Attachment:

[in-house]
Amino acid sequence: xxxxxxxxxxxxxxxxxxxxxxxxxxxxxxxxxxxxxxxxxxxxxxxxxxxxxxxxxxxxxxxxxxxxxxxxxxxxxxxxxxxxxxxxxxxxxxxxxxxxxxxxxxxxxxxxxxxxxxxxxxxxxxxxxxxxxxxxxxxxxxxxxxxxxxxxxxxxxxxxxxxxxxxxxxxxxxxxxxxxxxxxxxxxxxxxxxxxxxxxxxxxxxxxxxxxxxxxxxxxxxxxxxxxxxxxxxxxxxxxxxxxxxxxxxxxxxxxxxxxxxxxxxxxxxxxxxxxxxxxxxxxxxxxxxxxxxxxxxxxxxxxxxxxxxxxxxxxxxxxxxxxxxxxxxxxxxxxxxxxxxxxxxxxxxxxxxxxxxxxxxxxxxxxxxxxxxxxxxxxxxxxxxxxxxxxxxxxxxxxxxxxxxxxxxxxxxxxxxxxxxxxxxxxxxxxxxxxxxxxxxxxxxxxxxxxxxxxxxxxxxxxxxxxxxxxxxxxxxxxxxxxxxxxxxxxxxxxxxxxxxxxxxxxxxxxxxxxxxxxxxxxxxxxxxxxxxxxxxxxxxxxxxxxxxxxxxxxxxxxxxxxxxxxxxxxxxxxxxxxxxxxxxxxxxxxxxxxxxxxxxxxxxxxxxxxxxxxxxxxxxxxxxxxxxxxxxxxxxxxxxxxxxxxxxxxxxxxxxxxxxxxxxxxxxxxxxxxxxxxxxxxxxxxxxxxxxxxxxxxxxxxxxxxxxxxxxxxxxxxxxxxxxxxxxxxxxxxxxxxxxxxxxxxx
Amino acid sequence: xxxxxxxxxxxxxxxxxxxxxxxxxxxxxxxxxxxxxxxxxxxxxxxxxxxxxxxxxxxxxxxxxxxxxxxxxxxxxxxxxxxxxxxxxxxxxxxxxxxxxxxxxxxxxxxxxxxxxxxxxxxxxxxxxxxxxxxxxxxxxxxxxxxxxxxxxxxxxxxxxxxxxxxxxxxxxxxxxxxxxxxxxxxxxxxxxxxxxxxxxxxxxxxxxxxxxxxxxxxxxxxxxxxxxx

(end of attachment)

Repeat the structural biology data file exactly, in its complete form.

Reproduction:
[in-house]
Amino acid sequence: xxxxxxxxxxxxxxxxxxxxxxxxxxxxxxxxxxxxxxxxxxxxxxxxxxxxxxxxxxxxxxxxxxxxxxxxxxxxxxxxxxxxxxxxxxxxxxxxxxxxxxxxxxxxxxxxxxxxxxxxxxxxxxxxxxxxxxxxxxxxxxxxxxxxxxxxxxxxxxxxxxxxxxxxxxxxxxxxxxxxxxxxxxxxxxxxxxxxxxxxxxxxxxxxxxxxxxxxxxxxxxxxxxxxxxxxxxxxxxxxxxxxxxxxxxxxxxxxxxxxxxxxxxxxxxxxxxxxxxxxxxxxxxxxxxxxxxxxxxxxxxxxxxxxxxxxxxxxxxxxxxxxxxxxxxxxxxxxxxxxxxxxxxxxxxxxxxxxxxxxxxxxxxxxxxxxxxxxxxxxxxxxxxxxxxxxxxxxxxxxxxxxxxxxxxxxxxxxxxxxxxxxxxxxxxxxxxxxxxxxxxxxxxxxxxxxxxxxxxxxxxxxxxxxxxxxxxxxxxxxxxxxxxxxxxxxxxxxxxxxxxxxxxxxxxxxxxxxxxxxxxxxxxxxxxxxxxxxxxxxxxxxxxxxxxxxxxxxxxxxxxxxxxxxxxxxxxxxxxxxxxxxxxxxxxxxxxxxxxxxxxxxxxxxxxxxxxxxxxxxxxxxxxxxxxxxxxxxxxxxxxxxxxxxxxxxxxxxxxxxxxxxxxxxxxxxxxxxxxxxxxxxxxxxxxxxxxxxxxxxxxxxxxxxxxxxxxxxxxxxxxxxxxxxxxxxxxxxxxxxxxxxxxxxx
Amino acid sequence: xxxxxxxxxxxxxxxxxxxxxxxxxxxxxxxxxxxxxxxxxxxxxxxxxxxxxxxxxxxxxxxxxxxxxxxxxxxxxxxxxxxxxxxxxxxxxxxxxxxxxxxxxxxxxxxxxxxxxxxxxxxxxxxxxxxxxxxxxxxxxxxxxxxxxxxxxxxxxxxxxxxxxxxxxxxxxxxxxxxxxxxxxxxxxxxxxxxxxxxxxxxxxxxxxxxxxxxxxxxxxxxxxxxxxx